New research suggests evolution might favor ‘survival of the laziest’

It happens this way …

Ain’t that a kick in the head!

As a child growing up in New Jersey in the ’40s and ’50s, the biggest sin I committed was laziness. It was a mortal sin, of course, earned by not completing chores on schedule, wanting to sleep in on a Sunday morning after babysitting until 3 a.m., or failing to get straight A’s in school.

With that message embedded in my psyche, it’s taken decades not to feel guilty when my partner is doing to any household task – from vacuuming to loading laundry – while I’m reading or working on the computer. I’ve had to consciously hold myself in my chair against the temptation to jump up and help. Now I assure myself it’s okay not to participate in her fine work and simply tell her how much I appreciate her.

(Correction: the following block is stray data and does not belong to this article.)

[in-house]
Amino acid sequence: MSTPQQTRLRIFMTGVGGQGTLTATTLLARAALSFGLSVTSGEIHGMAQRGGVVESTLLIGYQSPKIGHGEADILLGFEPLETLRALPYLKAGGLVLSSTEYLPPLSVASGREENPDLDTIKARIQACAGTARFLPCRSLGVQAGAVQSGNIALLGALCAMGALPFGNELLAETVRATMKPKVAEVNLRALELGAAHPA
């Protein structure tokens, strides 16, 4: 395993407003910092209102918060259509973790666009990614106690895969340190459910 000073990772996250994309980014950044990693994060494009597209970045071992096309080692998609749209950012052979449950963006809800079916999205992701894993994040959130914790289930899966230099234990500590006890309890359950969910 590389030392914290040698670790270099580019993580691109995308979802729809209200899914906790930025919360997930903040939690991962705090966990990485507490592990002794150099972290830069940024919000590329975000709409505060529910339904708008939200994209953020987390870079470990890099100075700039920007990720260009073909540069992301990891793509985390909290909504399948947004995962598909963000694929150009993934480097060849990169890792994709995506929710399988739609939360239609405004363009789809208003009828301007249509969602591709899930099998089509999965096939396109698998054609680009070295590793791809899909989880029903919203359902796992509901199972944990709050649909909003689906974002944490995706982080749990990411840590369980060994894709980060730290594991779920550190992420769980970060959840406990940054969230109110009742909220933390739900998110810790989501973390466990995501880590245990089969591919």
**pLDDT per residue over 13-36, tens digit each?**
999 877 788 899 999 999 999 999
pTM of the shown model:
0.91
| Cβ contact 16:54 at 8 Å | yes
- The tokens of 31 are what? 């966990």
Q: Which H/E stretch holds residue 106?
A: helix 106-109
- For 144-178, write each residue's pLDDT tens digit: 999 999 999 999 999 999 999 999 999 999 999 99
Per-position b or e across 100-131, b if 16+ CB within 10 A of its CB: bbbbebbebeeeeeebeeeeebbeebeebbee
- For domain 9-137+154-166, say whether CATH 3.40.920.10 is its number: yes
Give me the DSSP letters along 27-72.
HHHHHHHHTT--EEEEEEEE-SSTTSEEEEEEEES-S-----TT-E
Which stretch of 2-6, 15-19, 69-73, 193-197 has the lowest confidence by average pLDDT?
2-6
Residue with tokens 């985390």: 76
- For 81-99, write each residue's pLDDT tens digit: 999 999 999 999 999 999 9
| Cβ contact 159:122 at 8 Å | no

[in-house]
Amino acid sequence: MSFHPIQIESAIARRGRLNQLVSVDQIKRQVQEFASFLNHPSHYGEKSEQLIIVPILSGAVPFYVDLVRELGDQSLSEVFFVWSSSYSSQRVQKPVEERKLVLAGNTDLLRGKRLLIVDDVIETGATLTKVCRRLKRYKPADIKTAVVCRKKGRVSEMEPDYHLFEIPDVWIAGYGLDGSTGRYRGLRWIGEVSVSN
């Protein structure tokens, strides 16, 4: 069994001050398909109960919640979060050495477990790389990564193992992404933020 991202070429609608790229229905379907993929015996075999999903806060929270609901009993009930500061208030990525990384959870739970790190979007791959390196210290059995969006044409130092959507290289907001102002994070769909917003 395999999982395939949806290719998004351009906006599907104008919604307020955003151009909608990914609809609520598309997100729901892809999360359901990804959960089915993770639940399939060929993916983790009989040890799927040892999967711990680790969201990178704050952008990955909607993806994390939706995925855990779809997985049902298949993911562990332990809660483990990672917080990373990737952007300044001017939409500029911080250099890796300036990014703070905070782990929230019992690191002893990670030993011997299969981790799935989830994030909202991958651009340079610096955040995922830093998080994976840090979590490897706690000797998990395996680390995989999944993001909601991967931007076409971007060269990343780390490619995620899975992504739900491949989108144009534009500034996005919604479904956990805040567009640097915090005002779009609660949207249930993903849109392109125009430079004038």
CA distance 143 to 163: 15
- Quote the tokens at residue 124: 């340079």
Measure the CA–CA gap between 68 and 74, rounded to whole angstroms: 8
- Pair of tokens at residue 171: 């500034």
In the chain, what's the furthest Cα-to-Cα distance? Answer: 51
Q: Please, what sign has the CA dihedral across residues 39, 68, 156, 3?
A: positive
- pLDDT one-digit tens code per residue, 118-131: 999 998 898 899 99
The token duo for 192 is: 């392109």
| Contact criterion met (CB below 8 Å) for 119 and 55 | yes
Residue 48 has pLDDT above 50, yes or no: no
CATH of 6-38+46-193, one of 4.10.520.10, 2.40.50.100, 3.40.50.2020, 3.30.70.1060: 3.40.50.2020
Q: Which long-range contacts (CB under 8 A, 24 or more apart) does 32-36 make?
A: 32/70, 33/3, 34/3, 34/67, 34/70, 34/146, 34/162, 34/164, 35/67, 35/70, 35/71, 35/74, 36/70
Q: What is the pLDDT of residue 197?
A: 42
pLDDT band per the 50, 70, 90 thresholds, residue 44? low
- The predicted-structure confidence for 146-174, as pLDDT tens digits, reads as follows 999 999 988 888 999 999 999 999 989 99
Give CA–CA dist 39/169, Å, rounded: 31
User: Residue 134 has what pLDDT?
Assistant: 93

Science is confirming I’ve spent much of my life shortening it by all that jumping up. A recent article in Phys.Org reports:

A new large-data study of fossil and extant bivalves and gastropods in the Atlantic Ocean suggests laziness might be a fruitful strategy for survival of individuals, species and even communities of species.

This study focuses metabolic rates. The higher the rate, the more negative the impact on longevity; the lower, the opposite occurs. Admittedly, this study focuses on those darling sea-dwelling bivalves and gastrospodes and not on land-loving vertebrates. But I’d like to think that guilt-free slowing down in retirement is actually adding years to my life. I’d really like to think that. Blessed are the sluggish who feel the fullness of their interior — as well as their exterior – lives.

Feelings

 

 

 

 

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